In response to President Trump’s sparse initial comments on the white supremacist and Neo Nazi gathering in Charlottesville, Virginia, protestors gathered outside Trump Tower in Manhattan on Monday.
In advance of any protests, a line of garbage trucks was lined up and parked around two sides of Trump Tower. Police on foot, on bikes, and atop looming horses sectioned off the protest into smaller groups, surrounding the chanting crowd on all sides. The crowd gathered around Trump Tower because the president himself announced he’d be staying in the building for several days. In addition to the police force, several members of the Secret Service ducked in and out of the crowd.
Crowds began gathering just before 5 p.m., though Trump gave a follow-up, live-streamed address regarding the violent events in Charlottesville. In his comments, he identified the hate groups present during the protest for the first time, remarking, “Racism is evil and those who cause violence in its name are criminals and thugs, including the KKK, neo-Nazis, white supremacists, and other hate groups that are repugnant to everything we hold dear as Americans.” It wasn’t clear exactly how many protesters had heard the speech before coming uptown with their signs; when speaking to Inverse, a New York local who asked to be identified as Kristin said, “It really doesn’t matter what he said today. His team wrote that speech for him, and we know where his heart is.”
Notably, Jewish New Yorkers both for and against Trump gathered outside the Tower, both groups carrying signs and answering questions posed by others on the street. Signs held by Orthodox Jews read, “Google it: Orthodox Jews voted for Trump and we’ll do it again in 2020”. Two women who weren’t allied with the Orthodox counter-protesters stood nearby carrying signs which simply read, “Trump is president”.
Dan, a Jewish student at NYU, told Inverse he got into a heated argument about anti-Semitism with the Orthodox demonstrators, and he wasn’t alone in his frustration. Several signs noted the rampant anti-Semitism on display in Charlottesville on Friday and Saturday, including the one below.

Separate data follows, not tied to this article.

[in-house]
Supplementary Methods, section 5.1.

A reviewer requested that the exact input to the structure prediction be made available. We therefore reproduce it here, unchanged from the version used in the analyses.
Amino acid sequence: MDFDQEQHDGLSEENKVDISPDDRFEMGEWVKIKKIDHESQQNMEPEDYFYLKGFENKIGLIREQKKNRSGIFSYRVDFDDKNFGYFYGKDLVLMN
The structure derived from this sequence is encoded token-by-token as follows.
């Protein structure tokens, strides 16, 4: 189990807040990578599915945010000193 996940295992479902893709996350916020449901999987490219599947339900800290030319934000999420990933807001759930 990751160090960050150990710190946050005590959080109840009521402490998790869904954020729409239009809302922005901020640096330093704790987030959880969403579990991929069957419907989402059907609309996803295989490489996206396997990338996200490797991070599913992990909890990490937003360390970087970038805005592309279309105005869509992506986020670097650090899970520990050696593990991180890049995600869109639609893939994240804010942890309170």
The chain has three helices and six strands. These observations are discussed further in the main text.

Ironically, Trump Tower is located between upscale clothing and accessory stores, including Tiffany & Co, Dior, Fendi, Chanel, and Burberry, in and out of which customers streamed during the protest, hiding their faces from cameras and barking at people in their way. None of them responded to Inverse’s requests for comment regarding Charlottesville, Trump’s rhetoric, or the protest that had shut down all foot traffic in a three block radius.
One after the other, the protesters screamed several political chants, including “Show me what democracy looks like / this is what democracy looks like”, “Black lives matter,” and “Sexist, racist, anti-gay, Donald Trump, go away”. Driven by a large pair of drums located near Trump Tower’s entrance, the chant that seemed to ignite the crowd with the most energy was simply, “New York hates you”.
Trump was not spotted on Monday, though protesters had already surrounded Trump Tower by 9 p.m. and welcomed him home by shouting, “Shame! Shame! Shame!”
The primary political group present at Monday’s protest, Resist Fascism, kept the crowd engaged with back-to-back guest speakers, who described the scene in Charlottesville as they had witnessed it. Eva Sahana, a Resist Fascist organizer, told The Daily Beast on Monday, “Right now [Trump] he has blood all over his hands. The blood of Heather Heyer, the blood of everyone who was injured in Charlottesville yesterday.”
Trump did not recognize the protestors gathered outside his building, but political supporters addressed the crowd via Twitter, but former Speaker of the House Newt Gingrich called the crowd of anti-fascists and peaceful protesters a “left-wing mob” which he believed had “given up thinking for yelling.”
When confronted with Gingrich’s tweet, Dan the NYU student simply said, “Jeez, what a windbag.”